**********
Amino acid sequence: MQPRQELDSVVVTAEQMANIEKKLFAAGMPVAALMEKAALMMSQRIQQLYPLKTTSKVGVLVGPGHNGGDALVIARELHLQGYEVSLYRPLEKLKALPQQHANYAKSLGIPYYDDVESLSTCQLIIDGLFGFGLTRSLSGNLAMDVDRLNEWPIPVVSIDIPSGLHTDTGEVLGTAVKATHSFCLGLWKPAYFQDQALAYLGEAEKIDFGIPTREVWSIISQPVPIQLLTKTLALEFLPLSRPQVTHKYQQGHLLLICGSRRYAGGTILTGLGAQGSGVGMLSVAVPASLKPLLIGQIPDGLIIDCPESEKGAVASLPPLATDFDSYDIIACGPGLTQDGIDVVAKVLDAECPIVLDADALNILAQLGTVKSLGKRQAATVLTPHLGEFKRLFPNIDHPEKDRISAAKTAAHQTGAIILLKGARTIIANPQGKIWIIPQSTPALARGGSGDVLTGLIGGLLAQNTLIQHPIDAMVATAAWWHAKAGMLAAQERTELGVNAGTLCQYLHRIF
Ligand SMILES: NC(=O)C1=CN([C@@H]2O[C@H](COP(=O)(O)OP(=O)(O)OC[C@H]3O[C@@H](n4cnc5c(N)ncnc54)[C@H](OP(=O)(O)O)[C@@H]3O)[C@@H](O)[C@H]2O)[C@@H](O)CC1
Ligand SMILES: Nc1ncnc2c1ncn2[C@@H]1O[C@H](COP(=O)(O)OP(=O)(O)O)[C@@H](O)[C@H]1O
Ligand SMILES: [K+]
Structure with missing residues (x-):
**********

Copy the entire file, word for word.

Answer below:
Amino acid sequence: MQPRQELDSVVVTAEQMANIEKKLFAAGMPVAALMEKAALMMSQRIQQLYPLKTTSKVGVLVGPGHNGGDALVIARELHLQGYEVSLYRPLEKLKALPQQHANYAKSLGIPYYDDVESLSTCQLIIDGLFGFGLTRSLSGNLAMDVDRLNEWPIPVVSIDIPSGLHTDTGEVLGTAVKATHSFCLGLWKPAYFQDQALAYLGEAEKIDFGIPTREVWSIISQPVPIQLLTKTLALEFLPLSRPQVTHKYQQGHLLLICGSRRYAGGTILTGLGAQGSGVGMLSVAVPASLKPLLIGQIPDGLIIDCPESEKGAVASLPPLATDFDSYDIIACGPGLTQDGIDVVAKVLDAECPIVLDADALNILAQLGTVKSLGKRQAATVLTPHLGEFKRLFPNIDHPEKDRISAAKTAAHQTGAIILLKGARTIIANPQGKIWIIPQSTPALARGGSGDVLTGLIGGLLAQNTLIQHPIDAMVATAAWWHAKAGMLAAQERTELGVNAGTLCQYLHRIF
Ligand SMILES: NC(=O)C1=CN([C@@H]2O[C@H](COP(=O)(O)OP(=O)(O)OC[C@H]3O[C@@H](n4cnc5c(N)ncnc54)[C@H](OP(=O)(O)O)[C@@H]3O)[C@@H](O)[C@H]2O)[C@@H](O)CC1
Ligand SMILES: Nc1ncnc2c1ncn2[C@@H]1O[C@H](COP(=O)(O)OP(=O)(O)O)[C@@H](O)[C@H]1O
Ligand SMILES: [K+]
Structure with missing residues (x-):